'Solid' Small-Balance Originations
Tucker, Michael email@example.com
First quarter small-balance loan volume grew 3.1 percent year-over-year--indicating strong economic and real estate fundamentals--said Randy Fuchs, Principal with Boxwood Means, Stamford, Conn.
The gain over first quarter 2015 is noteworthy because last year produced a record $181 billion of loan originations under $5 million, Fuchs said.
Fuchs noted that smaller loans--those under $1 million--represented 72 percent of the roughly 48,000 individual deals under $5 million completed during the period. Average loan sizes for these smaller commercial and multifamily mortgages increased slightly from last year to $286,000 on average.
Private lenders also increased their share of small-balance originations, Fuchs said, noting that the top 20 small-balance lenders commanded 23 percent of total origination volume during the quarter, down 50 basis points year-over-year and a sign of intensifying competition. "Private lenders grabbed 2 percent of the market--the most on record since Boxwood began tracking small balance originations in 2005--and as a group rose to third in the rankings, right behind JP Morgan Chase and Wells Fargo," he said.
Not surprisingly, private lenders had the smallest average loan size among the 20 most prolific small-balance commercial lenders, as these deals tend to fund more modest-sized acquisitions in secondary and tertiary markets, along with recapitalizations and interim/bridge financings, Fuchs said.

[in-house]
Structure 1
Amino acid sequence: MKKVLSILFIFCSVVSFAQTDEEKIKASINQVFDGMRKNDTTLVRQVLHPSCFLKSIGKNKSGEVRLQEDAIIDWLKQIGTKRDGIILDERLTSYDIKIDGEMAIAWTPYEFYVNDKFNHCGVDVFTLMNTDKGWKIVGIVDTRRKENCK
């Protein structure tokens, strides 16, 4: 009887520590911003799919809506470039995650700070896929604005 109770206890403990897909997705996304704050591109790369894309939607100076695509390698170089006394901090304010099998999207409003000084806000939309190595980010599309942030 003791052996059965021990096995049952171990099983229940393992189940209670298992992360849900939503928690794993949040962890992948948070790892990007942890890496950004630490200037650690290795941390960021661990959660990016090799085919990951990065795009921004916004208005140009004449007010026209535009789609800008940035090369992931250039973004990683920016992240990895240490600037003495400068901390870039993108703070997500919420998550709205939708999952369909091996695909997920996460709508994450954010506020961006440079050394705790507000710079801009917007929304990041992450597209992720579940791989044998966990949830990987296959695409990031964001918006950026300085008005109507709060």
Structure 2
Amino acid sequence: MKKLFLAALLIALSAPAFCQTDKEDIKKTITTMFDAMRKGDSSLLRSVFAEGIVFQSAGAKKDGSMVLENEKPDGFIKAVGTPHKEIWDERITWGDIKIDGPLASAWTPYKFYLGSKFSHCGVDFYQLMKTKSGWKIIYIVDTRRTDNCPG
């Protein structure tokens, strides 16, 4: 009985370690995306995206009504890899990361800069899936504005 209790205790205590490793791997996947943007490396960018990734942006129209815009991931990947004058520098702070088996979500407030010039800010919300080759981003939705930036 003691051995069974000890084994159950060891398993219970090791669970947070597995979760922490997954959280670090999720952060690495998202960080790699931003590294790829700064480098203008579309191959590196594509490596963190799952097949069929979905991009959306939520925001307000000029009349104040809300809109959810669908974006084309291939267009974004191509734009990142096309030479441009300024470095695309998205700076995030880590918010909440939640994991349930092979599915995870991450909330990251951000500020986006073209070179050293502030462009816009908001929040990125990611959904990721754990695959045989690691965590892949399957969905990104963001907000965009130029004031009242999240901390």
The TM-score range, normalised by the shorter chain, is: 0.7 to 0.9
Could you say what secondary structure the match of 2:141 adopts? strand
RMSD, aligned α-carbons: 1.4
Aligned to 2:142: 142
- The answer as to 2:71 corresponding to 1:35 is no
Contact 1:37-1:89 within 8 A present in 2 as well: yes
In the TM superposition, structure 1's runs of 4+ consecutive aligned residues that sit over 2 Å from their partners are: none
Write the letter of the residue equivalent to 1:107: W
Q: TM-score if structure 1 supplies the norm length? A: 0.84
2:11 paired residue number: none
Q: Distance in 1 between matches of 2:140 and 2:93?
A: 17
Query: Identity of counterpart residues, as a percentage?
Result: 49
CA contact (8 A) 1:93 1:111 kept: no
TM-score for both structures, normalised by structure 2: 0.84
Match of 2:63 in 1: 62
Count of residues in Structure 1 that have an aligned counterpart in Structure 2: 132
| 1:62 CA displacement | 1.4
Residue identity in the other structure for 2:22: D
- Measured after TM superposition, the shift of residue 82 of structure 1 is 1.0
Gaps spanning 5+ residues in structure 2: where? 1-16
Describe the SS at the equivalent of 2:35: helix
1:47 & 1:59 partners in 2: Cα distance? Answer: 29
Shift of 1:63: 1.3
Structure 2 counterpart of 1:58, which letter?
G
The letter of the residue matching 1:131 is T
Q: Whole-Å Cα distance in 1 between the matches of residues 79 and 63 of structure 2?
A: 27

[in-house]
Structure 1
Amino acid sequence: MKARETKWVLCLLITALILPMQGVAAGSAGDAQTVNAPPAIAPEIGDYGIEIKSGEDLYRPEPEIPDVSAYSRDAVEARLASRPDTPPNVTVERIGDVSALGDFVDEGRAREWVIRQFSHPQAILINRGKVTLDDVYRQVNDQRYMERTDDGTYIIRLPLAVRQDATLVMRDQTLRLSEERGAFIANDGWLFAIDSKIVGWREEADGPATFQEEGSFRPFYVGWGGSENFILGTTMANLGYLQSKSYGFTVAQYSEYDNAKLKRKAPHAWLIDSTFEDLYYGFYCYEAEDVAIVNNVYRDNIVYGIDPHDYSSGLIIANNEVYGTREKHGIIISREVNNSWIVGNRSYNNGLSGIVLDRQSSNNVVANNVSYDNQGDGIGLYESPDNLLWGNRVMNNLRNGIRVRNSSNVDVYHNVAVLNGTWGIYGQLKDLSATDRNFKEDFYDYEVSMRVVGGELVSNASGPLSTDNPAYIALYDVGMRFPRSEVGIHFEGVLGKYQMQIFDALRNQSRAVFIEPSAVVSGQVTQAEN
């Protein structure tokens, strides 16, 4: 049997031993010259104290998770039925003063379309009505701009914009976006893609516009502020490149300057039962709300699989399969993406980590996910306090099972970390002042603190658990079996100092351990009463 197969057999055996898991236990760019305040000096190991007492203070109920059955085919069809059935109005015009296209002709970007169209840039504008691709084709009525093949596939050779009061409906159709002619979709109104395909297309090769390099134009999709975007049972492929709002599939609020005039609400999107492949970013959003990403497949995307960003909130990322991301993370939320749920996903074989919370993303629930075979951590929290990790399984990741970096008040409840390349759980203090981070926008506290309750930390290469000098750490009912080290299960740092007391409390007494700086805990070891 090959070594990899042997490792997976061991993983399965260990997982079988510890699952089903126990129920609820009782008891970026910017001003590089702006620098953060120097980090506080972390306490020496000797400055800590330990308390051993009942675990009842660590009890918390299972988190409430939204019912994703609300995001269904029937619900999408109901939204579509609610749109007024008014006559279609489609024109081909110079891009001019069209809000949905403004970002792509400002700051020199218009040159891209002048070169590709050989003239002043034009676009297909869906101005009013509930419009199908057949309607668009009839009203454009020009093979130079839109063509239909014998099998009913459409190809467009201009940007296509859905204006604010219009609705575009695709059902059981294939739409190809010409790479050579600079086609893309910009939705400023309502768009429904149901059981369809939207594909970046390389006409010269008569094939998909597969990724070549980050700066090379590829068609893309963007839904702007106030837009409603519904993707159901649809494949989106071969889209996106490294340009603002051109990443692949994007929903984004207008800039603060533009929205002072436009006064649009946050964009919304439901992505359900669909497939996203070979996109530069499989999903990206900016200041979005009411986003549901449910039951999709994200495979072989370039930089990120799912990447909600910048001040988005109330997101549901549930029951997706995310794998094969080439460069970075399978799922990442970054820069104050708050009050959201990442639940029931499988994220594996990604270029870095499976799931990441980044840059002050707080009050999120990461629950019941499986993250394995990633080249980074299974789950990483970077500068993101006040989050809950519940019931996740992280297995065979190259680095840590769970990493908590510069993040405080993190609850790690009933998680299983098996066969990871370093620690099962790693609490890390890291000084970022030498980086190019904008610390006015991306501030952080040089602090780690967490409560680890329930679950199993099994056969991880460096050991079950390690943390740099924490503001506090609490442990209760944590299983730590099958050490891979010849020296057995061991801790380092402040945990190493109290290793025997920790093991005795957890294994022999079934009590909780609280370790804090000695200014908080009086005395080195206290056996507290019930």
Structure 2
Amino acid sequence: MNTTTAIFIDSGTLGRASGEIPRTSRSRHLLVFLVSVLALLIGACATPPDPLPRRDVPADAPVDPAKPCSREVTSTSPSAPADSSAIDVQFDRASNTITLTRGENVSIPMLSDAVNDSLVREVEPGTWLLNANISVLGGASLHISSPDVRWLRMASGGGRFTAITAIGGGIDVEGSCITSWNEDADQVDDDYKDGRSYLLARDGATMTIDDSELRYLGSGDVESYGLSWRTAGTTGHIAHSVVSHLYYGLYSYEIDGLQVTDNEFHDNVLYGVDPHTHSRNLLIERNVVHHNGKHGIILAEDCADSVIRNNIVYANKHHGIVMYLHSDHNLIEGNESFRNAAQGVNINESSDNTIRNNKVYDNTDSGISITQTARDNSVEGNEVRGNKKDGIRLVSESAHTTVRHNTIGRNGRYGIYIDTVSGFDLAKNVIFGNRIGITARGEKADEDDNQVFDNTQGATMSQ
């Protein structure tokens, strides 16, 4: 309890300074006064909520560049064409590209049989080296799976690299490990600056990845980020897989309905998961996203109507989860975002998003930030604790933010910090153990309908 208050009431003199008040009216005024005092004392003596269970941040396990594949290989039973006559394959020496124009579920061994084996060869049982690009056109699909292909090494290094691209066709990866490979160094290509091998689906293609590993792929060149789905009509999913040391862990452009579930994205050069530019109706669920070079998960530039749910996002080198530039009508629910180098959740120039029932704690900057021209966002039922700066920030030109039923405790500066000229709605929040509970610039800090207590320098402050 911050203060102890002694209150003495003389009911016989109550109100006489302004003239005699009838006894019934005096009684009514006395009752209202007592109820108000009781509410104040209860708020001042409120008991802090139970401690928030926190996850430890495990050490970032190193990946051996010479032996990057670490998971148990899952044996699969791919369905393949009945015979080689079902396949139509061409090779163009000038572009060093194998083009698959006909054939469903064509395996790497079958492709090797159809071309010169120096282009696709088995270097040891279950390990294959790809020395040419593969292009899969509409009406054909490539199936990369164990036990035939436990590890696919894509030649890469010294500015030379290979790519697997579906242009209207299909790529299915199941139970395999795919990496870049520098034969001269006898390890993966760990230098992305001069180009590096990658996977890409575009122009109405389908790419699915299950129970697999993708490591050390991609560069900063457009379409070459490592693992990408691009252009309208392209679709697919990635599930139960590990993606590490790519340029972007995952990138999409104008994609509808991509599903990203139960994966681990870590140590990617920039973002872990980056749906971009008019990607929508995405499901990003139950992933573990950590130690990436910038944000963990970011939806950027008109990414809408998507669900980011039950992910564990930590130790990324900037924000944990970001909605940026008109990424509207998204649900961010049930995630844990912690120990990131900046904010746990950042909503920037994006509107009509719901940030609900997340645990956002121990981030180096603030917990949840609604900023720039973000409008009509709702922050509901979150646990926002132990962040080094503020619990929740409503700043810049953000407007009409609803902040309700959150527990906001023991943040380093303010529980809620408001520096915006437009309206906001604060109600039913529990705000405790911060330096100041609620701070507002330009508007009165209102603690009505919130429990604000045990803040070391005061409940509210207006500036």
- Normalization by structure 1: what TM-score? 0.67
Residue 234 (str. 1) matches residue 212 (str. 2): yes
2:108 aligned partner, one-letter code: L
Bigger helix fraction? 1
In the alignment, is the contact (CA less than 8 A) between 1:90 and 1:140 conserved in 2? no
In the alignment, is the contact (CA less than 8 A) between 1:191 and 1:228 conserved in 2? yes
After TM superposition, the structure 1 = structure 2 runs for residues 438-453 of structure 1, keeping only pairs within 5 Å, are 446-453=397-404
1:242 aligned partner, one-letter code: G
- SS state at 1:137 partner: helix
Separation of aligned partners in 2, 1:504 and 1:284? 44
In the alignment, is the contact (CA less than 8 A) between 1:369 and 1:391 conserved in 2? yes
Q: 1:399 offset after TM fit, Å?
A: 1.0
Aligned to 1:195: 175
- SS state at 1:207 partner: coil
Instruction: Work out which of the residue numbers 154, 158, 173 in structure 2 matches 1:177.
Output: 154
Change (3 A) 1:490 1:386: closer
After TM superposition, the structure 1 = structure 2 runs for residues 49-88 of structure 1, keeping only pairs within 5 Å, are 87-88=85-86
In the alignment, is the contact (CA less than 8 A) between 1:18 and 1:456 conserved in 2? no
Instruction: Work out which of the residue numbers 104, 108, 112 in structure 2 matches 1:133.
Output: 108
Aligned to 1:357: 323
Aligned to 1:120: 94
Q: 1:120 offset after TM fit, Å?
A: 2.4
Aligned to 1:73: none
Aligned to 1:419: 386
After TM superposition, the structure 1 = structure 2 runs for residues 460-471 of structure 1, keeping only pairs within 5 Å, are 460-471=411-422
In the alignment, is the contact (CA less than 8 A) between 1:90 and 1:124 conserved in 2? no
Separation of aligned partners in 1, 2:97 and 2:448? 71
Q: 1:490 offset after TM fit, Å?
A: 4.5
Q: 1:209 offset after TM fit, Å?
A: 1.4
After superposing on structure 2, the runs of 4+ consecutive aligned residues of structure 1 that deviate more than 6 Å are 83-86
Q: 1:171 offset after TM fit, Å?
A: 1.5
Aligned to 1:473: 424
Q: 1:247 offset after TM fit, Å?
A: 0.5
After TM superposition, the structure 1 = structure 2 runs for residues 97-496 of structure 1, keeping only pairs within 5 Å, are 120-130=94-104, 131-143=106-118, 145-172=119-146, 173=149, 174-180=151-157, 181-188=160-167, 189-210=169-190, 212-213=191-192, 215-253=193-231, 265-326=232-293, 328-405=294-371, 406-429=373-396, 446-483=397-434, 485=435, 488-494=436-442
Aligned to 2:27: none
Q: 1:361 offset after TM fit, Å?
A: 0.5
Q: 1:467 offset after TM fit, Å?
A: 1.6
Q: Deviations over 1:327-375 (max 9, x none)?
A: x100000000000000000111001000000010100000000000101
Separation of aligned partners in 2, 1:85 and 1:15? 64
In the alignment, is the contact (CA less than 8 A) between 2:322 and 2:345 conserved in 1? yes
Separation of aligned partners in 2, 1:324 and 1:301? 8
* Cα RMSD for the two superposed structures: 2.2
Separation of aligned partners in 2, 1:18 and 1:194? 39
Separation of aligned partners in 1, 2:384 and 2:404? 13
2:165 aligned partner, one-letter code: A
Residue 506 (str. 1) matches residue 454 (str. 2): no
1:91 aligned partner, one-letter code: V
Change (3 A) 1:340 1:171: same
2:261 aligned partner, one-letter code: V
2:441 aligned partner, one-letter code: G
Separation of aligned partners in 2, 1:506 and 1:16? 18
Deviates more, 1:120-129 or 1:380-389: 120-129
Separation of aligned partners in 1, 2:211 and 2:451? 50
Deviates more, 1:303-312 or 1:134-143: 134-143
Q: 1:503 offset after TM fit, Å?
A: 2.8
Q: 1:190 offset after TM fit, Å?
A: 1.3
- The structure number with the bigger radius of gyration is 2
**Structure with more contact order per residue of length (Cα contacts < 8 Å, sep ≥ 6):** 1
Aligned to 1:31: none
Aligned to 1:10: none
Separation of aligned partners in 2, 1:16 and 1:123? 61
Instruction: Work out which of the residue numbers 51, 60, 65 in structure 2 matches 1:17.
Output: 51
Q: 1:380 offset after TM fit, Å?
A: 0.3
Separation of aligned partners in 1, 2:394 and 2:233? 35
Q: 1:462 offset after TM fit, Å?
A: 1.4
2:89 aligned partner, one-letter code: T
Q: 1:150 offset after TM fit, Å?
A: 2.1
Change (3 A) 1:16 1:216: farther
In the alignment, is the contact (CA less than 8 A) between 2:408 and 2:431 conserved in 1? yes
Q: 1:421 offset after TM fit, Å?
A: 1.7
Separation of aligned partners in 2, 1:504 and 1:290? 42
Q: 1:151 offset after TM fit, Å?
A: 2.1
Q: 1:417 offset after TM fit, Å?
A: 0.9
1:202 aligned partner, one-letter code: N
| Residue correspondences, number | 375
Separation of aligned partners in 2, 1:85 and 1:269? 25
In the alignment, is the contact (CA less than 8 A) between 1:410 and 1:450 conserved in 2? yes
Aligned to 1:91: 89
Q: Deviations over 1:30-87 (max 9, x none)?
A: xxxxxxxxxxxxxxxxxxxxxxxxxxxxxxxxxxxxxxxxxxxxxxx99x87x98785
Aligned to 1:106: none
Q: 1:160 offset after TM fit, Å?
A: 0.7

While the top 75 lenders account for just 37 percent of the national market, leaving bountiful opportunities for other lenders, Fuchs called the competition for deals at the local level fierce. Boxwood Means recently reported on how much more concentrated small balance lending is among lenders at the state level and suggested that national lenders should be more selective in picking markets to operate in.
"The compression in bank market share coupled with an uptick in private lending over the past two years reveals a slowly shifting landscape for conventional commercial mortgage lending," Fuchs said, noting that federal regulations have raised the bar for capital risk mitigation which forces commercial banks to dial back their loan appetite. Since commercial banks have traditionally dominated the small balance lending space, any retreat by banks from the market will affect small-cap CRE borrowers and investments, he said.
"Nevertheless, the mood among the roughly 250 attendees at the Mortgage Bankers Association's inaugural Small Balance Lending conference last month was demonstrably upbeat," Fuchs said. "With early reports indicating a robust second quarter for space market fundamentals, we expect that small cap commercial real estate rents and property income will still be rising, paving the way for solid loan origination volume during the second half of the year."